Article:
Liberal Arts vs STEM: It’s What You Know

Hang on for a minute...we're trying to find some more stories you might like.

Email This Story

A recent opinion column in the New York Times reiterated questions with which any student at a liberal arts college is intimately familiar—are enough people studying science, technology, engineering, and math? Why are so few women and people of color graduating with degrees in those subjects? And based on significantly greater employment opportunities and salary growth in STEM fields, will the disparity in degree holders result in even greater societal inequality?

Yet the author, Charles M. Blow—a columnist whom I respect and read with relish—never seemed to consider that it’s not just the phrase on the resume that matters, but what the graduate actually knows. A liberal arts degree does not indicate total ignorance of how a computer, fracking, or the economy works. Nor does it mean that the graduate is missing out on some vital knowledge. In fact, they have something very important to offer.

I was raised by an engineer and a journalist/nonpracticing-lawyer. I was raised to love reading and, although certain subjects are not my forte, that does not mean that I hated math or science. In fact, throughout primary and secondary school I found that I enjoyed those subjects—when I was focused on explaining my results or thinking about an experiment in the context of a famous theory.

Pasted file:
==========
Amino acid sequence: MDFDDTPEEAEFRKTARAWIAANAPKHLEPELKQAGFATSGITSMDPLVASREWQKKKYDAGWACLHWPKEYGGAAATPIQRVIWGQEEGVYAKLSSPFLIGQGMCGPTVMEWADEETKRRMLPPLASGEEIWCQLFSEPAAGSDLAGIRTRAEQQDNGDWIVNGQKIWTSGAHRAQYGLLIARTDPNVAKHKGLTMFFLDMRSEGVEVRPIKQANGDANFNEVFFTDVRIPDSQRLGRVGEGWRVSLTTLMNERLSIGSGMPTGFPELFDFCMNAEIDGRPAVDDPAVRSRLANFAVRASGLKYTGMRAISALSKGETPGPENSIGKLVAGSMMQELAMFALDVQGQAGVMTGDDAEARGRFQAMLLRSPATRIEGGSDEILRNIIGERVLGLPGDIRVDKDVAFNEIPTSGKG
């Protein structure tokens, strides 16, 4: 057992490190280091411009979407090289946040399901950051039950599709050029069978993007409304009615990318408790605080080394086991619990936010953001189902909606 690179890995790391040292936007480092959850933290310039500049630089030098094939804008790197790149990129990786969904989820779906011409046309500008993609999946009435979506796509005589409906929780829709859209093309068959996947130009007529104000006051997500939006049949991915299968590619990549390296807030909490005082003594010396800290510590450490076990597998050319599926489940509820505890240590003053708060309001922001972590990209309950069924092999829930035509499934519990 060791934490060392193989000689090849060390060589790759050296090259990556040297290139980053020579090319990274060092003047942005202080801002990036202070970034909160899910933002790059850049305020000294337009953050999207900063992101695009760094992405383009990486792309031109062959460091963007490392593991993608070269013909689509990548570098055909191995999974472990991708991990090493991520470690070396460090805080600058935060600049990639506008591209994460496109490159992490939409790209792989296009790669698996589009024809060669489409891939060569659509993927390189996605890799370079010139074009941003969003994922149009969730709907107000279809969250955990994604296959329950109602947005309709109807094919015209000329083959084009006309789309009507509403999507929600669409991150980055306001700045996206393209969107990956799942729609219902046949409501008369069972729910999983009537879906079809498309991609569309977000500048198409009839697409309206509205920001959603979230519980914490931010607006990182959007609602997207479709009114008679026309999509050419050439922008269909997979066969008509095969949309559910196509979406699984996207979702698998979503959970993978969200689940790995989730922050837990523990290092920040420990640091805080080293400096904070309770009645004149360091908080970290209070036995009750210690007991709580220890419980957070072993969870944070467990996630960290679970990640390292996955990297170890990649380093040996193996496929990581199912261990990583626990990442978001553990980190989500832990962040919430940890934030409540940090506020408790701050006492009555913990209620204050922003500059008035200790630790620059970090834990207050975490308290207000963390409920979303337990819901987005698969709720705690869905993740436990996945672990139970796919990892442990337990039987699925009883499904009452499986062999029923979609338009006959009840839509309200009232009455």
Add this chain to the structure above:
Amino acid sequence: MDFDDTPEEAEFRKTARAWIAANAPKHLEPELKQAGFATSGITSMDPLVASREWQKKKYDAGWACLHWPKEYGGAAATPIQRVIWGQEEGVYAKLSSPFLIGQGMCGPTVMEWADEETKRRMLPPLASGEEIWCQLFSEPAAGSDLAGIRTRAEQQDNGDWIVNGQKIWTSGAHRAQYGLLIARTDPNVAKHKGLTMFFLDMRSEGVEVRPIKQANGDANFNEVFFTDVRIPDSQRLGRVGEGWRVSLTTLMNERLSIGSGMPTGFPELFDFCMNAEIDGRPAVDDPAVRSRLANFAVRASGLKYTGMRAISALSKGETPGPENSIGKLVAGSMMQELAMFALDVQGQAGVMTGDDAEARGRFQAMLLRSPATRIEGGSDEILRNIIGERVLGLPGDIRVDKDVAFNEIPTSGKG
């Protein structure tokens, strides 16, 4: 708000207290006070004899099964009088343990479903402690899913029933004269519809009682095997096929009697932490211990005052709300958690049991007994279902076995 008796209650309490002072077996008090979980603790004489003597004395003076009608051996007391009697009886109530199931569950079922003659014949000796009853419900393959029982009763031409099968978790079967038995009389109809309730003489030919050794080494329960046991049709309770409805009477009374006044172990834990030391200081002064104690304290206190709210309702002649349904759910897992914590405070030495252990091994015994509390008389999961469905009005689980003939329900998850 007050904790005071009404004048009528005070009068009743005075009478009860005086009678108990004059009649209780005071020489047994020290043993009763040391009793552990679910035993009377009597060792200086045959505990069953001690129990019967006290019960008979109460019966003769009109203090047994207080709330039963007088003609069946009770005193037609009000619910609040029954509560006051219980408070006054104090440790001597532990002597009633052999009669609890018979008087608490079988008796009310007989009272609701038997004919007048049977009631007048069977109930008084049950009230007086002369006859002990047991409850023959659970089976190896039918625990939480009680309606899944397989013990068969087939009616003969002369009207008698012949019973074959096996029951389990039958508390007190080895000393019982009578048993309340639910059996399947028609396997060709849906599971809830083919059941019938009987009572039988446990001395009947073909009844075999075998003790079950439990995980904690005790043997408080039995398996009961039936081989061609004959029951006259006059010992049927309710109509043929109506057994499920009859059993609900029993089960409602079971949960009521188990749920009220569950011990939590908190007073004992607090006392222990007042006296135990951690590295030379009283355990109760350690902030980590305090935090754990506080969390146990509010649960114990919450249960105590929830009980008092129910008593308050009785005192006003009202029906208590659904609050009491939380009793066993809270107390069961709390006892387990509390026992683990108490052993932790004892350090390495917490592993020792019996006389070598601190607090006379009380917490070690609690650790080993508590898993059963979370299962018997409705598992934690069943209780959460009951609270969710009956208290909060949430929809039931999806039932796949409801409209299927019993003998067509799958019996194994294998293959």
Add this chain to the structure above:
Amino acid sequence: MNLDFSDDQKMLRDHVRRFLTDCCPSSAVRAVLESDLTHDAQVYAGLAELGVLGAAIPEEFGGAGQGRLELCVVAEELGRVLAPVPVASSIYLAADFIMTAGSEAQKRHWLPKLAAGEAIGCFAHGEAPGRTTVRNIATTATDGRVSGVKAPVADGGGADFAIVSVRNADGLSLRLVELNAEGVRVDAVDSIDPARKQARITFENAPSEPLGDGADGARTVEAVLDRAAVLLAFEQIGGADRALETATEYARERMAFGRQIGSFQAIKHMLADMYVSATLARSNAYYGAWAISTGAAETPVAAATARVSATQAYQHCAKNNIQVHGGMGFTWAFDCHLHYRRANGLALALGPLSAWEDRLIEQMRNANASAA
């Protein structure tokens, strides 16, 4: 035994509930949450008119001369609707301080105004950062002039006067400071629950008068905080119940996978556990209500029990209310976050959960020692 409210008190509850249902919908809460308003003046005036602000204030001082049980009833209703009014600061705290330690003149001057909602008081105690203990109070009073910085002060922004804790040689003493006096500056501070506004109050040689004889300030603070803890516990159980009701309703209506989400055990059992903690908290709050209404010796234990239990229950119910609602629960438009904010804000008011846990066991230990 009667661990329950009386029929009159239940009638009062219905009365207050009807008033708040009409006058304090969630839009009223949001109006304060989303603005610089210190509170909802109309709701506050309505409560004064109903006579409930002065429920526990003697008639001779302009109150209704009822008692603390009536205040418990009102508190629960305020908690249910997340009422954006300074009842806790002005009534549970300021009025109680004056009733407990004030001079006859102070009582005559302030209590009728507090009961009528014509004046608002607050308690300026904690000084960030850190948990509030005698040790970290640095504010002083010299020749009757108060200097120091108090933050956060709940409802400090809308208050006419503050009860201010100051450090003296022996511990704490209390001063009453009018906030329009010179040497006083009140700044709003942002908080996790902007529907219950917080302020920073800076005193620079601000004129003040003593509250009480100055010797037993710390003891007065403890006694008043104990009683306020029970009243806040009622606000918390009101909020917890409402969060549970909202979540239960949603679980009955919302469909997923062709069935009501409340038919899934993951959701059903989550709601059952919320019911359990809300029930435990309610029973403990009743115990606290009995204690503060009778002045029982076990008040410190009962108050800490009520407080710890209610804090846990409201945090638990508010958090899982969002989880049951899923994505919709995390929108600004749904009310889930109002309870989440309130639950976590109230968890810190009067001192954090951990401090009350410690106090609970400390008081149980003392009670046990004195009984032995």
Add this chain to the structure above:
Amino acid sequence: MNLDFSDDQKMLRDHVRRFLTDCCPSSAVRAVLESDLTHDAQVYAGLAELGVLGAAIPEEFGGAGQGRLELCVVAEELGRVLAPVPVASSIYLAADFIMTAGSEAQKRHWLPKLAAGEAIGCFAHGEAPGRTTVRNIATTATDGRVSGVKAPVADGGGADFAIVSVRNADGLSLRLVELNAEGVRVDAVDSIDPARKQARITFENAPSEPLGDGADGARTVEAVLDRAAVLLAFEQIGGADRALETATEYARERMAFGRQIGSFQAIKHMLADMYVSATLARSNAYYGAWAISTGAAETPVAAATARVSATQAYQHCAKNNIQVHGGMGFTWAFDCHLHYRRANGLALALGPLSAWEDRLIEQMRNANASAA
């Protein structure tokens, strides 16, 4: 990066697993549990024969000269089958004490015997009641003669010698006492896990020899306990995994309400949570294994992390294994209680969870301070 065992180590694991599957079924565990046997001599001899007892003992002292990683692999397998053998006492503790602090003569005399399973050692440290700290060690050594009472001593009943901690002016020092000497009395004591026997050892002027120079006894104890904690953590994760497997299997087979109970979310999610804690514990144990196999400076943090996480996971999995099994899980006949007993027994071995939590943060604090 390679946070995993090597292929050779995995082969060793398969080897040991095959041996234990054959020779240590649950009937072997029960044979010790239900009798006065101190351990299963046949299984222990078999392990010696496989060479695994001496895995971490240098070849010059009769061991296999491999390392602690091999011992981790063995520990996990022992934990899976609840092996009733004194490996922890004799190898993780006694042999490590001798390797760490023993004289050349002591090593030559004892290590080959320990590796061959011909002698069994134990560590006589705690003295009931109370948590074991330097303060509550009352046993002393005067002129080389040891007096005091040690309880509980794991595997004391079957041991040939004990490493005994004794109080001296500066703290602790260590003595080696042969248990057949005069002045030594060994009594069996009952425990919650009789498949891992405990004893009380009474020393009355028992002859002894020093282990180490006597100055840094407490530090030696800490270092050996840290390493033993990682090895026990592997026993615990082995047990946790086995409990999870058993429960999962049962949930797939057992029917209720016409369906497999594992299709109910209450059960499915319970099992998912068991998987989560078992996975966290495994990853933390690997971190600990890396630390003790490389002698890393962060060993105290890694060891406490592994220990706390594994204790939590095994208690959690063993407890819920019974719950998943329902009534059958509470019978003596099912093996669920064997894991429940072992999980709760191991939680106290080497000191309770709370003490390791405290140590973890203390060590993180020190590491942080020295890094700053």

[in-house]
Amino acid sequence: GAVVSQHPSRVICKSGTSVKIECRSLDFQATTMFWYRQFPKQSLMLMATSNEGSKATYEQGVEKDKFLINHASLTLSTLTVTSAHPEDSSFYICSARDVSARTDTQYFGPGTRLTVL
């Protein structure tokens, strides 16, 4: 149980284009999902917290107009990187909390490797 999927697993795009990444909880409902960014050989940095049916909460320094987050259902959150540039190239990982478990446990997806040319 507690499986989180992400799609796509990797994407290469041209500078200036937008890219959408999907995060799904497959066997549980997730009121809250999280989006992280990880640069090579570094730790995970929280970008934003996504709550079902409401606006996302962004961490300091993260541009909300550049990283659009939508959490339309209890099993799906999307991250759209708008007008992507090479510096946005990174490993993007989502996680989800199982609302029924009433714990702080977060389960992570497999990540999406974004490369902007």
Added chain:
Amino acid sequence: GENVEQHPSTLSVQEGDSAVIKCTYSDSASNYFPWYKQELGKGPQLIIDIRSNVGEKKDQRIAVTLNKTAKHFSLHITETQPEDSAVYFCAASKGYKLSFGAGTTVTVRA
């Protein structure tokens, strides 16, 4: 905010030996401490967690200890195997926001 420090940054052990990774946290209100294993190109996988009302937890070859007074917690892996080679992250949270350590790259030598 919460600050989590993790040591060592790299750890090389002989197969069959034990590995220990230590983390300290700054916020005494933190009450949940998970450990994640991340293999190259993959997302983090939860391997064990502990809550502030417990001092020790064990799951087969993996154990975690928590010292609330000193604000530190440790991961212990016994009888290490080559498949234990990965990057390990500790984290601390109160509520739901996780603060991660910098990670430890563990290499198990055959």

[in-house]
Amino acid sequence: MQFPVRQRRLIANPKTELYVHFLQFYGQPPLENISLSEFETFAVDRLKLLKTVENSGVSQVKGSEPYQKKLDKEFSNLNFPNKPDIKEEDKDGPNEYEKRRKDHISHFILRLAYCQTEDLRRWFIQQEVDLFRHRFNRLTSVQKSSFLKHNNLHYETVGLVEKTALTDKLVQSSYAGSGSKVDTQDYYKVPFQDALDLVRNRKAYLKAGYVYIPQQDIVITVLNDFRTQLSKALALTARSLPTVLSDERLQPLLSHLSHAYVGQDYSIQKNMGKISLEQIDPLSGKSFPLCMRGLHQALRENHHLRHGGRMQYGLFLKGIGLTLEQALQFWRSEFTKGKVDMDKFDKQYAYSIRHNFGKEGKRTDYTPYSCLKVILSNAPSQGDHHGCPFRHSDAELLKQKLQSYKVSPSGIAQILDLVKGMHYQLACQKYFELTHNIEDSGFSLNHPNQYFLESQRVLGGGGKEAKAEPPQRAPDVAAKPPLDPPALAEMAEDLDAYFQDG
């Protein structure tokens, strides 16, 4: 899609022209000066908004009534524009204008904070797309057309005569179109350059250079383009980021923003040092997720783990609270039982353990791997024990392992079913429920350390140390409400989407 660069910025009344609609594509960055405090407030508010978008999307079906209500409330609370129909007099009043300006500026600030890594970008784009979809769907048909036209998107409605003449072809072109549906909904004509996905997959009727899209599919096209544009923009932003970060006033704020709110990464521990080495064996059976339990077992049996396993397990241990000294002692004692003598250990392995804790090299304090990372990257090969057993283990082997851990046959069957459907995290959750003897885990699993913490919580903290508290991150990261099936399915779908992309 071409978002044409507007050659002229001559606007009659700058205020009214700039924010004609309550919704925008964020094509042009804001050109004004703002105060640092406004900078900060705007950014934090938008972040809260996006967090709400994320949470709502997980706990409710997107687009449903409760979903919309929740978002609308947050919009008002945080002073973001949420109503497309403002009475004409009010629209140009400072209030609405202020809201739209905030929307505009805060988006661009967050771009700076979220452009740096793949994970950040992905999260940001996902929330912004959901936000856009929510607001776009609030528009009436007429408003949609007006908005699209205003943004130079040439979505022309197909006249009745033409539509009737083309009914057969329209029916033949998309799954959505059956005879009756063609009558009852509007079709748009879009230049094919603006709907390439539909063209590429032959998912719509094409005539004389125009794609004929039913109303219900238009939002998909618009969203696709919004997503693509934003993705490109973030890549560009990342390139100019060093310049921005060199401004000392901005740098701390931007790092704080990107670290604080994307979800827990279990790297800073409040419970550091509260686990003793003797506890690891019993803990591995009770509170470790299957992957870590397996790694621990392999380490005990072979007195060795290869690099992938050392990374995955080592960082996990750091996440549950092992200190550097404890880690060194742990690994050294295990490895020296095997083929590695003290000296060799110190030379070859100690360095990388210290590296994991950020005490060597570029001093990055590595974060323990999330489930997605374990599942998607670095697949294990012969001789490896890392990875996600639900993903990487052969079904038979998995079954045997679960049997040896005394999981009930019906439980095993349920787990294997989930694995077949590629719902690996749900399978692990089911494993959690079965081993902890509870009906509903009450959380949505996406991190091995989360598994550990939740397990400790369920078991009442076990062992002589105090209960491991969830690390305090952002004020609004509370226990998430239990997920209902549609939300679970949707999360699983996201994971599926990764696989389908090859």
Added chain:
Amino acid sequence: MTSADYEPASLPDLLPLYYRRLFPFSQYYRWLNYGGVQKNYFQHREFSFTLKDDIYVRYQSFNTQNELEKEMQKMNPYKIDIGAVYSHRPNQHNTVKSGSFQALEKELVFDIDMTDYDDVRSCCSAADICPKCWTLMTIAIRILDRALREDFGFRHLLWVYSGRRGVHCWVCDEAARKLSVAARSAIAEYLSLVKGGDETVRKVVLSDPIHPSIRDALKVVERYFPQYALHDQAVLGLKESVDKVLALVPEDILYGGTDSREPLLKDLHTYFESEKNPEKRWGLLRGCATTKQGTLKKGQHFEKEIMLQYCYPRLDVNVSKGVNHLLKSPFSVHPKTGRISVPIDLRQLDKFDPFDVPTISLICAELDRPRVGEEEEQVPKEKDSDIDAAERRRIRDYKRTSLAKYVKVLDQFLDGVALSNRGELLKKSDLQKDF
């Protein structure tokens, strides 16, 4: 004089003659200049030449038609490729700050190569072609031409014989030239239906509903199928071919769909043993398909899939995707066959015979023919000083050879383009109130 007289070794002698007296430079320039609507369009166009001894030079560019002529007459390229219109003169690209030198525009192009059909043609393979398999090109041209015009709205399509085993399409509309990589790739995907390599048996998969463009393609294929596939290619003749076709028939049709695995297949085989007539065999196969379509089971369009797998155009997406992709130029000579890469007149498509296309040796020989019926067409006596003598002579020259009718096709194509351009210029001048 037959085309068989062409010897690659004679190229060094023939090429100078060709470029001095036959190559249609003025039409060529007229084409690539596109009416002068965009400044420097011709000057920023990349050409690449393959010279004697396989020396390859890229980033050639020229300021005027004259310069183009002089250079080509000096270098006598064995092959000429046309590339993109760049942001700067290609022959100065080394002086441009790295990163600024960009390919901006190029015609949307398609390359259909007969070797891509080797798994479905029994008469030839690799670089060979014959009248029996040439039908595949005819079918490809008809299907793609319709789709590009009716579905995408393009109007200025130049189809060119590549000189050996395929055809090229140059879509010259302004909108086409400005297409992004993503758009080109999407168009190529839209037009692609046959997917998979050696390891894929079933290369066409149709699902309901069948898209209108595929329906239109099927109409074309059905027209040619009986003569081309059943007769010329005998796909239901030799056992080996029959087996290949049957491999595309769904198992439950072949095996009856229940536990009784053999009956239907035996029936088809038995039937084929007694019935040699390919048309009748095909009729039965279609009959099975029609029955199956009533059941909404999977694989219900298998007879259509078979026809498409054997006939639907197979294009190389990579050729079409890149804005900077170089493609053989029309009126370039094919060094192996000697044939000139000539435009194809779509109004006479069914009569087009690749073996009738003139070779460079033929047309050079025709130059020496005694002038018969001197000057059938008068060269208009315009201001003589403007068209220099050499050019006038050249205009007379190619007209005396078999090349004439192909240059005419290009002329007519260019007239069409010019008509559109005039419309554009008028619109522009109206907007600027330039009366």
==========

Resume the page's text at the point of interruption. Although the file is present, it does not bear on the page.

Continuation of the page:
For the past four years my name has been followed by the words “double major in International Studies and Russian,” social science and humanities. Although I’ve had my share of angst over the validity of studying 20th century Russian literature while other people learn managerial decision making, as certain professors can attest, I have found that my education has been well-rounded and already enabled me to work in a variety of environments.

I am not a passive recipient of education, however; what I learned, I sought out. It is every student’s responsibility to seek out knowledge, not just coasting, in their classes. For the lab science requirement I took Computer Science I and II. It was hard, I cried, I sat in the lab at night; it brought down my GPA (the horror!).

It was also fun and inspiring: when other people seem scared by computer science, I explain that it’s not about your MacBook that for some reason won’t shut off. It’s the realization that computers are logical, and if you can think through the way in which they work, you can tell them what to do. You are powerful. (This is probably why I know so many libertarian computer scientists.)

Because of this class, and many others like it, I have a visibly valuable background in a variety of subjects—including STEM. Simultaneously I have come to understand that all the STEM in the world is useless without context, that people need the ability to interpret data, to incorporate humanity because the world isn’t an assembly line. It’s important to have both sides of the education—STEM and humanities—and while STEM degrees might appear more readily translatable into a paycheck four months from now, some of the most successful people I know were liberal arts majors.

They worked hard. They sought knowledge. They had many privileges along the way, yes, but most importantly, they never decided they couldn’t enter the realm of business or physics or civil engineering.

That’s the real message I’d like to see Blow get across: an education is not an opportunity to wall yourself off in one field, but to realize that all the fields are located under the same sky.

Print Friendly, PDF & Email